22 views

Which three functional groups are found in the general structure of amino acids? [closed]

Yes, I know, not two, but THREE. EDIT: Yes, sorry but I did quite a bit of research, searching my notes and textbook for the answer, but all I could find was TWO functional groups as a opposed to the ...
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1answer
74 views

Examples of genes involved in plastic responses

Adaptive plasticity involves sensing the environment and responding adaptively to it. Intuitively, I would think that this process may ask for a more or less complex genetic machinery of regulation of ...
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1answer
26 views

Intro Bio question: dihybrid punnet square

Today we had our exam. There was a punnet square for two genes. and when I multiplied , for example, Ry × rY I wrote the answer as ...
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1answer
98 views

Possibility of Human cloning

Technology has evolved so much as to clone animals. But, what about human cloning? Is it really possible to create humans in lab? Or is it that technology has not advanced to that level..? Why cant ...
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0answers
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Modified Mendelian Ratios Problem

I'm studying modified Mendelian ratios. I've got a theoretical problem that I'm stumped on: A species of bird may have normal wings, or a mutation that causes frazzled wings. I do 15 identical ...
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1answer
74 views

(how) is it possible to choose the biological sex of a child? [closed]

I recently read of a study that investigated the ethics of child's biological sex choice in humans, and now I want to find out how this can/could be done. Does anyone know of scientific papers or ...
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1answer
25 views

If gene differs between chromosome pair does individual get a mixture of protein shapes?

Do diploids such as humans end up with a mixture of two different shaped proteins where the appropriate gene is expressed differently in the two halves of a chromosome pair or is there some governing ...
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3answers
134 views

Is there an online gene library? [closed]

Is there an online library that includes all known genes in stored in their nucleotide form of all living organisms? Note I am not necessarily looking for a human only database. If such a database ...
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5answers
2k views

Do human cells contain only one copy of the genome?

Does each cell contain only a single copy of its genome? Or are there ever 'extra' copies present. Reason behind question: Wondering whether gene mutations could be corrected by referencing a ...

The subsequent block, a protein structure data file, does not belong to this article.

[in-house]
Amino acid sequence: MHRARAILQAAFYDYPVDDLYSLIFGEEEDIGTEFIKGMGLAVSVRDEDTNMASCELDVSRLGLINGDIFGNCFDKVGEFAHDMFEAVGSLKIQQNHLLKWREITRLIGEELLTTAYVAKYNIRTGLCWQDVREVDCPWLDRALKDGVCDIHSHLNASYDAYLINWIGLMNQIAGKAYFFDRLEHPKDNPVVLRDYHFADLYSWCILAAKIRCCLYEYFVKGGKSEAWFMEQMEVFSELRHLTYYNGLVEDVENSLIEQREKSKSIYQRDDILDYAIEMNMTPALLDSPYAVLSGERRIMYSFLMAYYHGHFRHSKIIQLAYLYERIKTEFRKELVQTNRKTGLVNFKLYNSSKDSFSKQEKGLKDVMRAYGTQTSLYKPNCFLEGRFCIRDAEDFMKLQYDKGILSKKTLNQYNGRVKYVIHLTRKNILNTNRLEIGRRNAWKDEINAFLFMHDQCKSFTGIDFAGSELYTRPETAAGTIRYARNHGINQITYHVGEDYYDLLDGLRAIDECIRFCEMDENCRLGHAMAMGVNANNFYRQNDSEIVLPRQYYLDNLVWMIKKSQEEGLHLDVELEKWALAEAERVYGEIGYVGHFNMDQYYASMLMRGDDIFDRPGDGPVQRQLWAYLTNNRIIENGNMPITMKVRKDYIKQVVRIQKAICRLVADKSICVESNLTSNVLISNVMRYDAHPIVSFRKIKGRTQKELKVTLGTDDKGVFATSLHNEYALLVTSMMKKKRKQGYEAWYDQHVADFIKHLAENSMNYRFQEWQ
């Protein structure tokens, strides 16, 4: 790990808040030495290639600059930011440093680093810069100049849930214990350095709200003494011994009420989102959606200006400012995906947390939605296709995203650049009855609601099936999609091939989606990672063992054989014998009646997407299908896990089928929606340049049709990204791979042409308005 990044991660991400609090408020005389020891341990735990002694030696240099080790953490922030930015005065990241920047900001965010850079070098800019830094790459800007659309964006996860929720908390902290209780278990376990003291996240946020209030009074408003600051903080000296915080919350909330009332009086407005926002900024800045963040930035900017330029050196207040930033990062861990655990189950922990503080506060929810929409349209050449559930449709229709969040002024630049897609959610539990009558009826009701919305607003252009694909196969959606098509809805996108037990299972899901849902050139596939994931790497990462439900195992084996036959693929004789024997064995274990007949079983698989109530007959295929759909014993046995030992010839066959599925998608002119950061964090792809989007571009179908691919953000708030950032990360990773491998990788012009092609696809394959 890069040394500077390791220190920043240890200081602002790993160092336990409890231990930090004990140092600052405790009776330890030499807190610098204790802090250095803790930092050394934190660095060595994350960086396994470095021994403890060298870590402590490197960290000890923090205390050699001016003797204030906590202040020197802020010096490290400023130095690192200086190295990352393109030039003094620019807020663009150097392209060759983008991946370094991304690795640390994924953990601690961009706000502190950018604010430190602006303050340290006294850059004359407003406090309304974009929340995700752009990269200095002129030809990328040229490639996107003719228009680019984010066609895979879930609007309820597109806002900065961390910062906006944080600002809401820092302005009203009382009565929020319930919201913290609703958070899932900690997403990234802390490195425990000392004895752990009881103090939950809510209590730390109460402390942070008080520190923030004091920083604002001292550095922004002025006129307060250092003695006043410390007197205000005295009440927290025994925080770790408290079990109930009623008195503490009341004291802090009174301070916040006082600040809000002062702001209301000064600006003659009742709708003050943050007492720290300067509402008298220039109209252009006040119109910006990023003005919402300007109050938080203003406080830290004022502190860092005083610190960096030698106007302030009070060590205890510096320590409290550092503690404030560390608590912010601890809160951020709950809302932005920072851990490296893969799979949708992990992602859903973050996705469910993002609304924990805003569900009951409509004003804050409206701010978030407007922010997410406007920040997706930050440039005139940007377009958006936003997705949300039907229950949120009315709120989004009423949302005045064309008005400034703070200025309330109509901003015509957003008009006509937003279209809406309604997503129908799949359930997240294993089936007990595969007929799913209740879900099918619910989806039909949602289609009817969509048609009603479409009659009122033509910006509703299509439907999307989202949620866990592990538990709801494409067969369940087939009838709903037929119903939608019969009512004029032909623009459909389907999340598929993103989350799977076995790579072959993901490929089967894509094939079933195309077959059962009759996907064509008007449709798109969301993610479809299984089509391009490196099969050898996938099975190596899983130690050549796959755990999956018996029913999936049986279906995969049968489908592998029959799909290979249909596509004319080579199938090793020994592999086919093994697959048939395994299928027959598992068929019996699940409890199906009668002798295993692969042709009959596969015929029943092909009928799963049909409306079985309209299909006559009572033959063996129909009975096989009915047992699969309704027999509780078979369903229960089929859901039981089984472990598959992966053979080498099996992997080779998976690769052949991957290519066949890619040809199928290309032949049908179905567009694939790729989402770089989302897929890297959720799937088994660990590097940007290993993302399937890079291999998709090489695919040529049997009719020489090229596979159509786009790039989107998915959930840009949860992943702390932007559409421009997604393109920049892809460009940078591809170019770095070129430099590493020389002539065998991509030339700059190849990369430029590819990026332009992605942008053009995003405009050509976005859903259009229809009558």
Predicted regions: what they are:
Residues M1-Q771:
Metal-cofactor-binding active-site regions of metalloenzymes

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0answers
40 views

Where can I upload non-human Genotype data?

I have genotype data from few chicken population and I want to (need to) upload them somewhere online with free access. I have searched the web but I haven't found any place for non-human genotype ...
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457 views

How is incomplete dominance different from codominance?

Ok let me start with the definitions of incomplete dominance and codominance. incomplete dominance - The situation in which the phenotype of heterozygotes is intermediate between the phenotypes of ...
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1answer
26 views

Ways to measure effectiveness of a gene therapy trial?

I understand that Fluorescence in situ hybridisation can be used to measure the effectiveness of a gene therapy experiment/trial. But what are some other genetics techniques to measure the ...
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1answer
236 views

Restriction Mapping - Homework question

I have trouble in solving this exercise. Exercise A circular plasmid of 10,000 base pairs (bp) is digested with two restriction enzymes,A and B, to produce a 3000 bp and a 2000 bp bands when ...
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1answer
53 views

RNAs arising from intergenic regions

Which type of RNA molecule is coded for in intergenic regions? I think it must be a non-coding RNA but I'm unsure which type.
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1answer
57 views

What is 'independent assortment'?

What is the definition of 'independent assortment'. I tried researching this term but came back with two results: alleles assort themselves independently of different alleles the alignment of ...
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1answer
47 views

Is there an association between environmental and mutational robustness?

The robustness of a genotype is the ability of this genotype to resist (always produce the same phenotype) to various parameters such as mutations and environment. The ability of a genotype to resist ...
3
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1answer
46 views

Looking for a gene in my raw genetic data. What are the possible causes for this?

Obviously, I barely know what I am talking about. But I want to find the "MUC5B promoter polymorphism rs35705950" in my RAW genetic data from 23andMe. (see this ...